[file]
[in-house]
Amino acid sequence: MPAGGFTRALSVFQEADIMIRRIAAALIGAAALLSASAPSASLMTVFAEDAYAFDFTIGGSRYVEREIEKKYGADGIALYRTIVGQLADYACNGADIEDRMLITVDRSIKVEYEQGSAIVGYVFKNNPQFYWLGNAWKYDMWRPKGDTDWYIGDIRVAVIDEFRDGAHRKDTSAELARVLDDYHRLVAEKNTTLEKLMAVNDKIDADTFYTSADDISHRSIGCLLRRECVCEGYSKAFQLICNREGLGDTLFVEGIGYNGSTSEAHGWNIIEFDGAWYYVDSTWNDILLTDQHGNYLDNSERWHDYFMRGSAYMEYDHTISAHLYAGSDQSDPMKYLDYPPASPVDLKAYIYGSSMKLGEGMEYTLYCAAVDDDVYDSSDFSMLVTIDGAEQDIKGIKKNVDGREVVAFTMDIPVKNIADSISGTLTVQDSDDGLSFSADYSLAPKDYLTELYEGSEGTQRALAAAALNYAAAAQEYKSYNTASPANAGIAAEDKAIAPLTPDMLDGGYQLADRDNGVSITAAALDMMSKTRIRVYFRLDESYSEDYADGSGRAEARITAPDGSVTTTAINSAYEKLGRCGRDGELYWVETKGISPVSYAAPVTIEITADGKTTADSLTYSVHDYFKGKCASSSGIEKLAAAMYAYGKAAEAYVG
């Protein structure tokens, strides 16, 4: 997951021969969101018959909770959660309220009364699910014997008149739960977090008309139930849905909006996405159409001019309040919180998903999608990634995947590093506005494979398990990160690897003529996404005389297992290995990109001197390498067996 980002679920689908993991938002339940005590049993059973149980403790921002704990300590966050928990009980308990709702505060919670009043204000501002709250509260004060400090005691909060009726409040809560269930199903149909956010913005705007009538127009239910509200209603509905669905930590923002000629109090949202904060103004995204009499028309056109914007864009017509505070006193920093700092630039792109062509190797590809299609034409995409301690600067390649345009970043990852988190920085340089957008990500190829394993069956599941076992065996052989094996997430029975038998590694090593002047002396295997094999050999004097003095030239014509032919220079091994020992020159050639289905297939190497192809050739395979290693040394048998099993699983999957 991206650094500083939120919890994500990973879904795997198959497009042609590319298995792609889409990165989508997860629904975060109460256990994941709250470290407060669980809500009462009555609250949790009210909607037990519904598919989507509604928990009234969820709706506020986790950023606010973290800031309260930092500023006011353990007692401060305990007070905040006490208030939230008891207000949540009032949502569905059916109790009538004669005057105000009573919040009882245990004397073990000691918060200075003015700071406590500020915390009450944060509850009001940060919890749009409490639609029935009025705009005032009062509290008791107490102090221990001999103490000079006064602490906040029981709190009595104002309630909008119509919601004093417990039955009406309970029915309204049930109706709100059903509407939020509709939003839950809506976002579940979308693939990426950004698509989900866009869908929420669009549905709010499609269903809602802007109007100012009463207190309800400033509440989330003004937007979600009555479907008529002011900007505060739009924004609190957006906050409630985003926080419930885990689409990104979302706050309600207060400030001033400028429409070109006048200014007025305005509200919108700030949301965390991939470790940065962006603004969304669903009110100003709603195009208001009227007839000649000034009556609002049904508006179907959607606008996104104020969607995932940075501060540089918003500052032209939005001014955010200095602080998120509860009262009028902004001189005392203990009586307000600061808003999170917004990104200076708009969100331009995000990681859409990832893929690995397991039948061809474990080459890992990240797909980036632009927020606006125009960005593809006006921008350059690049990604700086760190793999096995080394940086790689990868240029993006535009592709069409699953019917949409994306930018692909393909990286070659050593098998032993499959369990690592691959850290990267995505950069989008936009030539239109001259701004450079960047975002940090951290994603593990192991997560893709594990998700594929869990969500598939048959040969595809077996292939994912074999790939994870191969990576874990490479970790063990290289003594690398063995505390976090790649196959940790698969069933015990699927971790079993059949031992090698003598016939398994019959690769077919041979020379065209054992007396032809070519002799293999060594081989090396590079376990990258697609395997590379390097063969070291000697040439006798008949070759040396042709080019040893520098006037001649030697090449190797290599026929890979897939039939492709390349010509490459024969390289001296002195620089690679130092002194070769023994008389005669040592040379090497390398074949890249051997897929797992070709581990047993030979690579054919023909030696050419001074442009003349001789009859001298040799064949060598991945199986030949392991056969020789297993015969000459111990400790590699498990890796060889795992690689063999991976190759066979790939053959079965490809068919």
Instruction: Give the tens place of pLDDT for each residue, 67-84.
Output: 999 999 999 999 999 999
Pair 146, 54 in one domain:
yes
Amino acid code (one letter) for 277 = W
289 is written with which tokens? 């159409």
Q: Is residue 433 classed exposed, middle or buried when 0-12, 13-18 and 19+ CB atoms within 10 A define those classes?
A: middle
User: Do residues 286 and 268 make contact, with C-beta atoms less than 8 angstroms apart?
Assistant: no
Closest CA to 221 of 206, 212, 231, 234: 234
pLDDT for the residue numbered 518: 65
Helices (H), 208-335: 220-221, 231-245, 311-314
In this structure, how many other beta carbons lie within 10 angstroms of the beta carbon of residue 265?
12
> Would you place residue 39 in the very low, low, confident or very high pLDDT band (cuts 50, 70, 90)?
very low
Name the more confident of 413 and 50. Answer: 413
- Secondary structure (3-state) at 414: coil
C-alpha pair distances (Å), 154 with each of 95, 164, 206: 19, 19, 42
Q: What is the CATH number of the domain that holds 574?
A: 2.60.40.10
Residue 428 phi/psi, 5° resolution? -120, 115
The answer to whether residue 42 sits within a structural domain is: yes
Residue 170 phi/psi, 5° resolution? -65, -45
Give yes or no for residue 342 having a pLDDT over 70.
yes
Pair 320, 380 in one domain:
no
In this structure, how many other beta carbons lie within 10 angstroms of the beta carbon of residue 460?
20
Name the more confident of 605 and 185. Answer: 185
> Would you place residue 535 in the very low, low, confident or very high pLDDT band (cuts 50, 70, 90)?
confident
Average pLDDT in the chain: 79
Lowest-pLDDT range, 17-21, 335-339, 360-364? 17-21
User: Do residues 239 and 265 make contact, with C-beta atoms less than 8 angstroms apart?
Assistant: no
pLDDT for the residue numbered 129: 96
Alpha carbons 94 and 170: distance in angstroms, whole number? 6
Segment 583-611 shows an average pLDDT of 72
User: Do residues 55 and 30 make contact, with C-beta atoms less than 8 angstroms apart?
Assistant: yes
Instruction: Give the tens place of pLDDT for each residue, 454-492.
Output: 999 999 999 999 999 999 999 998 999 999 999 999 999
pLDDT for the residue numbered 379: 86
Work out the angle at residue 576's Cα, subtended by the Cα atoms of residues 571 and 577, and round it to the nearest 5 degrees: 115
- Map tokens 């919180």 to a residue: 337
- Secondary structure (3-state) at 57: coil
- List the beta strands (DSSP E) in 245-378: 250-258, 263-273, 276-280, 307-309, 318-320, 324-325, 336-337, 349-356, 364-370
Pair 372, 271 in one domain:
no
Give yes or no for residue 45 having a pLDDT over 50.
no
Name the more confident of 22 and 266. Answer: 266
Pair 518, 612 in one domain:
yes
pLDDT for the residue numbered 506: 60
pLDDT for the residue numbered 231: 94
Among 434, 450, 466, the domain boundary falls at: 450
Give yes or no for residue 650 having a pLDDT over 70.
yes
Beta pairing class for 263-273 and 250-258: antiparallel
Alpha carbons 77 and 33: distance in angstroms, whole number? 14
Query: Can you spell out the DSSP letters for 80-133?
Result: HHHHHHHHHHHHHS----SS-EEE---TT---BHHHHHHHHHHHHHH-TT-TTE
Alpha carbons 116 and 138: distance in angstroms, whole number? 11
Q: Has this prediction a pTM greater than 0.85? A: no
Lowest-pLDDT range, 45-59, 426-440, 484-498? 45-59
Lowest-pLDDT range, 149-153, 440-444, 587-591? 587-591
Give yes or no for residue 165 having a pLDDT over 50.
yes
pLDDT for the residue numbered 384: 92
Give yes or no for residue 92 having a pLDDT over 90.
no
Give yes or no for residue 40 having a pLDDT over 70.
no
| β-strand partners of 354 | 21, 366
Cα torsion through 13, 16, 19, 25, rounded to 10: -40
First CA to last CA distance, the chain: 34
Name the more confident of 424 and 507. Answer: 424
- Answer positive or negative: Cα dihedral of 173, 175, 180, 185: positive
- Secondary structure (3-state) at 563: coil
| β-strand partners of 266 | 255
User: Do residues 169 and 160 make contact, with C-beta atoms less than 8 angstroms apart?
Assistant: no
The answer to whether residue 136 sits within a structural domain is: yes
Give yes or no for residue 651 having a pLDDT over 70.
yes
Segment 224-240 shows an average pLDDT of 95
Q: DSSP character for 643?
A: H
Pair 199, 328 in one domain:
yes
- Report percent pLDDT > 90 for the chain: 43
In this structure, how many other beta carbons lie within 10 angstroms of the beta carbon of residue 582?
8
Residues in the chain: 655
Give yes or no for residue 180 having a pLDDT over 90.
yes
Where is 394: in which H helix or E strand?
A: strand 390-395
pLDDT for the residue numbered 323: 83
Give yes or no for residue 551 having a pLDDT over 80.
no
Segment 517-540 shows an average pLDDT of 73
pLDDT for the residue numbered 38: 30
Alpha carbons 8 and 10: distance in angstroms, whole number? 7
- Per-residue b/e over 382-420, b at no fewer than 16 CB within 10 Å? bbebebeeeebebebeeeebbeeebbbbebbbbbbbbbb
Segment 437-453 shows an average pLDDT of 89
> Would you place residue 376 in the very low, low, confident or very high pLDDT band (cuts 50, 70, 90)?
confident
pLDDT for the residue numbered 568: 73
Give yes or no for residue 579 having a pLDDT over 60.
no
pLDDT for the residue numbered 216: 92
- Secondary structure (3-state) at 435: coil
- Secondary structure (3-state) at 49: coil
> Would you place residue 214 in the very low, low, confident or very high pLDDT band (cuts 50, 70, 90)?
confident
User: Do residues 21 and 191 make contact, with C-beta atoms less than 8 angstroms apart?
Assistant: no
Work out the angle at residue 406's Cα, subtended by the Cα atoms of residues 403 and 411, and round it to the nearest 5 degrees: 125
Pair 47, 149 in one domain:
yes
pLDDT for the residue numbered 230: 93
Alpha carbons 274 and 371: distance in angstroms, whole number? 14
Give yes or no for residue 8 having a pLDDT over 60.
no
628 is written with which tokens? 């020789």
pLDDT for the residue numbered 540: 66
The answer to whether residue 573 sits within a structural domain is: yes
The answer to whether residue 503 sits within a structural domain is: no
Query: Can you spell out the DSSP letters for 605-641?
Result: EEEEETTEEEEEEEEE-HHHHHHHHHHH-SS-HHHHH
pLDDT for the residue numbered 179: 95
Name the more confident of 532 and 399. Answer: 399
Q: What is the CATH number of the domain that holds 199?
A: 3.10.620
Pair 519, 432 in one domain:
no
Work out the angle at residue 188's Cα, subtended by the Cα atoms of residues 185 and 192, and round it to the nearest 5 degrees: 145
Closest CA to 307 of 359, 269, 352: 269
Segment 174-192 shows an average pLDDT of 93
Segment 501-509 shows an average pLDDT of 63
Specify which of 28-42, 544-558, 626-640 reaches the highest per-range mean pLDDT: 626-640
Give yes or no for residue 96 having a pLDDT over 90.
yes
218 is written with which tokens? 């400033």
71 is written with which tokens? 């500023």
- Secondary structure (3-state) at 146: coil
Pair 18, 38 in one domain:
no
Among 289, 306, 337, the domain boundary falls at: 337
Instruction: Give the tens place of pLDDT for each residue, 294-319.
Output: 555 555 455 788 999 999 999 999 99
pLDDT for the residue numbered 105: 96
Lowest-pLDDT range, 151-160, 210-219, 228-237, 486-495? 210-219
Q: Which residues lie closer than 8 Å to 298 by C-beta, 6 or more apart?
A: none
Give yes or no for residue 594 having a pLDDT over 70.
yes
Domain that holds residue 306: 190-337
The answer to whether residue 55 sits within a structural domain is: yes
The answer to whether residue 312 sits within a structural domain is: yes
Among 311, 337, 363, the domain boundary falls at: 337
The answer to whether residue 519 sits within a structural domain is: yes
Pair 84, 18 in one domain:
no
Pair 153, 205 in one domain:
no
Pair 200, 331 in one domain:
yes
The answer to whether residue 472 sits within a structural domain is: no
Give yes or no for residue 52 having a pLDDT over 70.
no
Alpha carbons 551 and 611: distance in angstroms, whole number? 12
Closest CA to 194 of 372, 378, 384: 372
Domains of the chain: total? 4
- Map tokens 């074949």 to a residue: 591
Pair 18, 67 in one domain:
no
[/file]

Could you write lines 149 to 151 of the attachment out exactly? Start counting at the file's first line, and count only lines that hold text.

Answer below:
Specify which of 28-42, 544-558, 626-640 reaches the highest per-range mean pLDDT: 626-640
Give yes or no for residue 96 having a pLDDT over 90.
yes